If your dog likes to lift his leg indoors, then how to stop dogs from marking in the house is a must read.
Urine marking has nothing to do with housetraining, nor is your dog seeking revenge on you for something you have done.
There is a difference between urine marking, and not going out enough so he had to pee on your floor. If you see a puddle, your dog needed to pee. If that’s the case, you may want to re-visit your dog walking schedule, or make sure he is not drinking too much water, as that could signal a medical issue.
Urine marking is done in small amounts, usually to an upright surface – although horizontal surfaces work well too!
It’s always good to rule out medical reasons, by having your dog checked by a vet.
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Why dogs urine mark in the house
It is usually a sign of anxiety or stress, a reaction to: a new baby, an unfamiliar face, a new pet, new things in the house, moving house, being adopted – all things that can be tough on any dog, particularly older dogs who may be used to a routine that has now been disrupted
- In a senior dog it could be a sign of illness, or medical problem
- He may see a dog outside, and feel the need to mark his territory
- He suffers from separation anxiety
- Lacks confidence
- Reaction to unfixed animals in the house
- Staking his claim to items, or territory he thinks belong to him
- Easing anxiety by laying out his boundaries
Do all dogs do it
No, they don’t. It seems fixing a dog when they’re fairly young, makes it less likely they’ll mark. Unfixed males are bigger culprits than fixed ones, and small breeds more than larger ones. Females have also been known to mark, but it’s far less common.
What not to do
Do not yell or hit your dog, it is never an answer to any issue. If you come home and find he’s been busy, just clean it up. There’s nothing to say after the fact.
How to stop it
Check up time. The first thing you should always do when you notice a change in your dog’s behaviour, is to take him to the vet for a check up. You want to rule out medical issues before anything.
Neuter your dog. Although it’s not a guarantee, it’s a great start, and should be done anyway! Here’s my opportunity to lecture about the importance of spaying and neutering, in order to prevent unwanted litters. Don’t say the litters are wanted! Before you start to allow your animals to breed for profit, walk into any animal shelter and see them overflowing with abandoned animals.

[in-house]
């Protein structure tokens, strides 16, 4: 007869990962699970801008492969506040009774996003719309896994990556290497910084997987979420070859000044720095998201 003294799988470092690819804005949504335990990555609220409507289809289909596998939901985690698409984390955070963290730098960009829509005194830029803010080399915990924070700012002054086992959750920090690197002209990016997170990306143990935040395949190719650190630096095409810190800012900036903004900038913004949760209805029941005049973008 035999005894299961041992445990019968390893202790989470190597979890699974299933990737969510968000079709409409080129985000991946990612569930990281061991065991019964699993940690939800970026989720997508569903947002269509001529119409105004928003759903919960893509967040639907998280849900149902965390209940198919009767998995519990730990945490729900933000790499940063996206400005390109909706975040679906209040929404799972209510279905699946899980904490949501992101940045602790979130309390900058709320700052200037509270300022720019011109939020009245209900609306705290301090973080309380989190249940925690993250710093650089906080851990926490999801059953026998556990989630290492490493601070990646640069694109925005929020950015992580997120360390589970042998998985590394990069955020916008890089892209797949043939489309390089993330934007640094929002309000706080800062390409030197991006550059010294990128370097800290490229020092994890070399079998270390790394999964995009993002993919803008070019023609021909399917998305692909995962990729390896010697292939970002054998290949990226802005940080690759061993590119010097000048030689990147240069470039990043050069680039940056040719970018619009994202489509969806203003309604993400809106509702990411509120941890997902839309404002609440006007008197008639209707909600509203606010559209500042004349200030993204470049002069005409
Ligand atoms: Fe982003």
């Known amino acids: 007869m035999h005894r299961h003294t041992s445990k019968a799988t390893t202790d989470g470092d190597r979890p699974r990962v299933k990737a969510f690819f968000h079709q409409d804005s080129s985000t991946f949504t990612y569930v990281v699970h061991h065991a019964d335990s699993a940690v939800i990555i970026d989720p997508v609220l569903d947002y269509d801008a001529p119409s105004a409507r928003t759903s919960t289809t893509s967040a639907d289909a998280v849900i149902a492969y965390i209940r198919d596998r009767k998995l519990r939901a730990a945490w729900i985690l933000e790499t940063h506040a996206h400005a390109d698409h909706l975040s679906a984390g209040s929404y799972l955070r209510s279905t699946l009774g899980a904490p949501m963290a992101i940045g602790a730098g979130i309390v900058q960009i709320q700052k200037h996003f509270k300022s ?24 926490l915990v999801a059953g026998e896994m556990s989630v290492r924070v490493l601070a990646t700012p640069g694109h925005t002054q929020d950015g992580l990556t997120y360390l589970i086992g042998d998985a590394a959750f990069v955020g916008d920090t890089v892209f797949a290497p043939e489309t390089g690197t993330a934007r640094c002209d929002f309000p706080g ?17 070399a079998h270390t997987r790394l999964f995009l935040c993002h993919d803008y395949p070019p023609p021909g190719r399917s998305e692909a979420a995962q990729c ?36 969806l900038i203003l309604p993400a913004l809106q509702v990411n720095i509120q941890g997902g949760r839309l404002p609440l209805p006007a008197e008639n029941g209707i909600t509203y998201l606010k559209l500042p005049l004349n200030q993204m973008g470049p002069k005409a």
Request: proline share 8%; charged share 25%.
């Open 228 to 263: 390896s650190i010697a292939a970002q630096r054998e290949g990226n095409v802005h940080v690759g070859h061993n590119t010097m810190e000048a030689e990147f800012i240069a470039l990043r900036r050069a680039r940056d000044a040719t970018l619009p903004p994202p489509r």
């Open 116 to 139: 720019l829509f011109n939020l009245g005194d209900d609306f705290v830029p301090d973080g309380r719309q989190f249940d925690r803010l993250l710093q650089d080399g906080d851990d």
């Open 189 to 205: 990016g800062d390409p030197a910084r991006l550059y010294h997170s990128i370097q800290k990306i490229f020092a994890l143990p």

Keep objects out of reach. If he likes to mark visitors’ belongings, or new items you’ve just bought, keep them out of reach.
Catch him in the act. You have a great chance of your dog learning that it’s not okay, if you catch him in the act. My new dog started marking when we first brought him home (something I’ve never experienced before). After catching him a few times and saying “no” like I meant it (and I most certainly did!), he stopped. I admit he did it one more time recently, but since then it’s all good. He was recently rescued from being abandoned in an empty house, fur overgrown and matted, barking incessantly when left alone. He obviously has confidence and abandonment issues, so with me showing him who is in control (not him, that’s for sure!), routine and consistency he’s getting better, and seems to be over marking.
Change your route. Why not take him to explore different areas on your walks, giving him lots of opportunity to mark plenty of new objects.
Introduce the newcomer. If your dog is letting you know he’s anxious or stressed about the new face in the house, introduce them and let them get to know each other. Treats or toys are great ice breakers. If your dog has his own spot, keep the newbie out of there until they’re on good terms. Keep them separated if you have to when no one is around, just until they’re getting along.
Watch for signs and make some noise. Look for signs he’s about to lift his leg, he could be showing a bit too much interest in an item or area, or sniffing in one spot then say “no” or whatever word you choose. A noisemaker made out of coins or pebbles in a can, is a great distraction tool. It will startle him, and interrupt what he’s doing.
Praise. When your dog pees/marks outside, praise him, a lot, and give him treats or toys (whatever motivates him). You want him to learn rewards are high for doing the “right” thing.
What’s your dog’s marking behaviour. Does he pee on his bed, or your other dog’s bed if left alone too long? Pick the bed up off the floor next time you go out, and see if that makes a difference.
Clean. Any area your dog peed in, must be thoroughly cleaned, and odours eliminated. Masking them isn’t enough, because your dog can still smell them. Use a good enzymatic cleaner to get the job done.
Separation anxiety. Dogs that suffer from separation anxiety may pee from anxiety, or lack of confidence. See my article on treating separation anxiety for tips that may help.
Be the one in charge. You need to set boundaries, train him, create structure and routine. This goes a long way to reducing anxiety.
Confinement. Some dogs may never be trusted, and since it’s impossible to watch him 24 hours a day, your best bet may be to limit his free run access of the house. Confining him to smaller areas with baby gates and barricades when no one is around, is a good solution.
If he marks in my house, will he mark in every house?
It is entirely possible, especially if they also have pets. Either leave him at home so you can relax and have fun or, if you really want to bring him, keep him on a leash so you can monitor him.
How to stop dogs from marking in the house – conclusion
If you have a dog that urine marks, believe me I know how you feel! I do hope you found the information on how to stop dogs from marking in the house helpful, and you will see an end, or at least a significant decrease in this behaviour.